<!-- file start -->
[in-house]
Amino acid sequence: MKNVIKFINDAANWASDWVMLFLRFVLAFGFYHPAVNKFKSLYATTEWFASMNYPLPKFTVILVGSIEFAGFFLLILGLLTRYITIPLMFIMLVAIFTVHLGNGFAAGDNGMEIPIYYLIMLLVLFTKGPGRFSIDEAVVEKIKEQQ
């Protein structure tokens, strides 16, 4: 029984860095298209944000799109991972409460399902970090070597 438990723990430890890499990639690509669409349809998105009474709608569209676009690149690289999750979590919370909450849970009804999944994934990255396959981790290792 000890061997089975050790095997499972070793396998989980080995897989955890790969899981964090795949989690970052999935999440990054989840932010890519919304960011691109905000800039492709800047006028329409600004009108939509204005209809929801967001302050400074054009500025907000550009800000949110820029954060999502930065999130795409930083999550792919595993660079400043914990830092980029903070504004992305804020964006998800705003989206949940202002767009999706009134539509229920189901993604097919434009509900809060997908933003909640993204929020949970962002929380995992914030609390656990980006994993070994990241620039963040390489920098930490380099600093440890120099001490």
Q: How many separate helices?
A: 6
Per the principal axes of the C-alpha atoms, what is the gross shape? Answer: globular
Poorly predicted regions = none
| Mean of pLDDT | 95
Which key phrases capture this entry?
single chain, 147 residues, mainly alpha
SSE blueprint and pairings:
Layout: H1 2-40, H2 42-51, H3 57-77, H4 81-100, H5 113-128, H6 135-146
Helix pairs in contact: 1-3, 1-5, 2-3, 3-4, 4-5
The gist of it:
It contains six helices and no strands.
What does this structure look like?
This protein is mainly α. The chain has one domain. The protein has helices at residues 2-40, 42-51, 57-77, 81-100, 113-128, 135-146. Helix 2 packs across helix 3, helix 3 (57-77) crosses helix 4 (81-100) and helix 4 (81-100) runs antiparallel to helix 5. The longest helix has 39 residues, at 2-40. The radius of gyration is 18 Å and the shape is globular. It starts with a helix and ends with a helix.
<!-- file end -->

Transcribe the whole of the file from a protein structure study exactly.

[in-house]
Amino acid sequence: MKNVIKFINDAANWASDWVMLFLRFVLAFGFYHPAVNKFKSLYATTEWFASMNYPLPKFTVILVGSIEFAGFFLLILGLLTRYITIPLMFIMLVAIFTVHLGNGFAAGDNGMEIPIYYLIMLLVLFTKGPGRFSIDEAVVEKIKEQQ
């Protein structure tokens, strides 16, 4: 029984860095298209944000799109991972409460399902970090070597 438990723990430890890499990639690509669409349809998105009474709608569209676009690149690289999750979590919370909450849970009804999944994934990255396959981790290792 000890061997089975050790095997499972070793396998989980080995897989955890790969899981964090795949989690970052999935999440990054989840932010890519919304960011691109905000800039492709800047006028329409600004009108939509204005209809929801967001302050400074054009500025907000550009800000949110820029954060999502930065999130795409930083999550792919595993660079400043914990830092980029903070504004992305804020964006998800705003989206949940202002767009999706009134539509229920189901993604097919434009509900809060997908933003909640993204929020949970962002929380995992914030609390656990980006994993070994990241620039963040390489920098930490380099600093440890120099001490």
Q: How many separate helices?
A: 6
Per the principal axes of the C-alpha atoms, what is the gross shape? Answer: globular
Poorly predicted regions = none
| Mean of pLDDT | 95
Which key phrases capture this entry?
single chain, 147 residues, mainly alpha
SSE blueprint and pairings:
Layout: H1 2-40, H2 42-51, H3 57-77, H4 81-100, H5 113-128, H6 135-146
Helix pairs in contact: 1-3, 1-5, 2-3, 3-4, 4-5
The gist of it:
It contains six helices and no strands.
What does this structure look like?
This protein is mainly α. The chain has one domain. The protein has helices at residues 2-40, 42-51, 57-77, 81-100, 113-128, 135-146. Helix 2 packs across helix 3, helix 3 (57-77) crosses helix 4 (81-100) and helix 4 (81-100) runs antiparallel to helix 5. The longest helix has 39 residues, at 2-40. The radius of gyration is 18 Å and the shape is globular. It starts with a helix and ends with a helix.